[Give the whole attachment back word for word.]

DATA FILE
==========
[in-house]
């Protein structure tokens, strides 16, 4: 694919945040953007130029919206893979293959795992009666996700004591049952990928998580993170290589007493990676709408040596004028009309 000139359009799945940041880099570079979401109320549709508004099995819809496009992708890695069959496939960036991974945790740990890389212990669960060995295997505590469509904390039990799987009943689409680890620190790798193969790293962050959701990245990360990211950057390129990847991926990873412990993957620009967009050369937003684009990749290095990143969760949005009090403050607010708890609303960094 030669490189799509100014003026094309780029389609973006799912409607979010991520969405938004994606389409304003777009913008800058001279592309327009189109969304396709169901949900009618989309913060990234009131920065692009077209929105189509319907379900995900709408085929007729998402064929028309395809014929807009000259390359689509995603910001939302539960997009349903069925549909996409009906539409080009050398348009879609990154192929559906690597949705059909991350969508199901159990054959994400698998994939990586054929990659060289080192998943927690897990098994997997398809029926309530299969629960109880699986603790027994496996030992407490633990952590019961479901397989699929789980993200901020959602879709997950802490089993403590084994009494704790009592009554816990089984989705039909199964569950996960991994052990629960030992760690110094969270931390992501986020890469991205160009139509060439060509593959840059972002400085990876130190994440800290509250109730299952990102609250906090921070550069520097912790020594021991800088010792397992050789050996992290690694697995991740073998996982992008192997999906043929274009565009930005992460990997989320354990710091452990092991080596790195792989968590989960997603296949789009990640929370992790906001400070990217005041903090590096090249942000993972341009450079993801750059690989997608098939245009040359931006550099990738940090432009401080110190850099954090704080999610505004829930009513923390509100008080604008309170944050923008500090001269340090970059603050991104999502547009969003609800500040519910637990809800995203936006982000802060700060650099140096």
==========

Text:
[in-house]
């Protein structure tokens, strides 16, 4: 694919945040953007130029919206893979293959795992009666996700004591049952990928998580993170290589007493990676709408040596004028009309 000139359009799945940041880099570079979401109320549709508004099995819809496009992708890695069959496939960036991974945790740990890389212990669960060995295997505590469509904390039990799987009943689409680890620190790798193969790293962050959701990245990360990211950057390129990847991926990873412990993957620009967009050369937003684009990749290095990143969760949005009090403050607010708890609303960094 030669490189799509100014003026094309780029389609973006799912409607979010991520969405938004994606389409304003777009913008800058001279592309327009189109969304396709169901949900009618989309913060990234009131920065692009077209929105189509319907379900995900709408085929007729998402064929028309395809014929807009000259390359689509995603910001939302539960997009349903069925549909996409009906539409080009050398348009879609990154192929559906690597949705059909991350969508199901159990054959994400698998994939990586054929990659060289080192998943927690897990098994997997398809029926309530299969629960109880699986603790027994496996030992407490633990952590019961479901397989699929789980993200901020959602879709997950802490089993403590084994009494704790009592009554816990089984989705039909199964569950996960991994052990629960030992760690110094969270931390992501986020890469991205160009139509060439060509593959840059972002400085990876130190994440800290509250109730299952990102609250906090921070550069520097912790020594021991800088010792397992050789050996992290690694697995991740073998996982992008192997999906043929274009565009930005992460990997989320354990710091452990092991080596790195792989968590989960997603296949789009990640929370992790906001400070990217005041903090590096090249942000993972341009450079993801750059690989997608098939245009040359931006550099990738940090432009401080110190850099954090704080999610505004829930009513923390509100008080604008309170944050923008500090001269340090970059603050991104999502547009969003609800500040519910637990809800995203936006982000802060700060650099140096």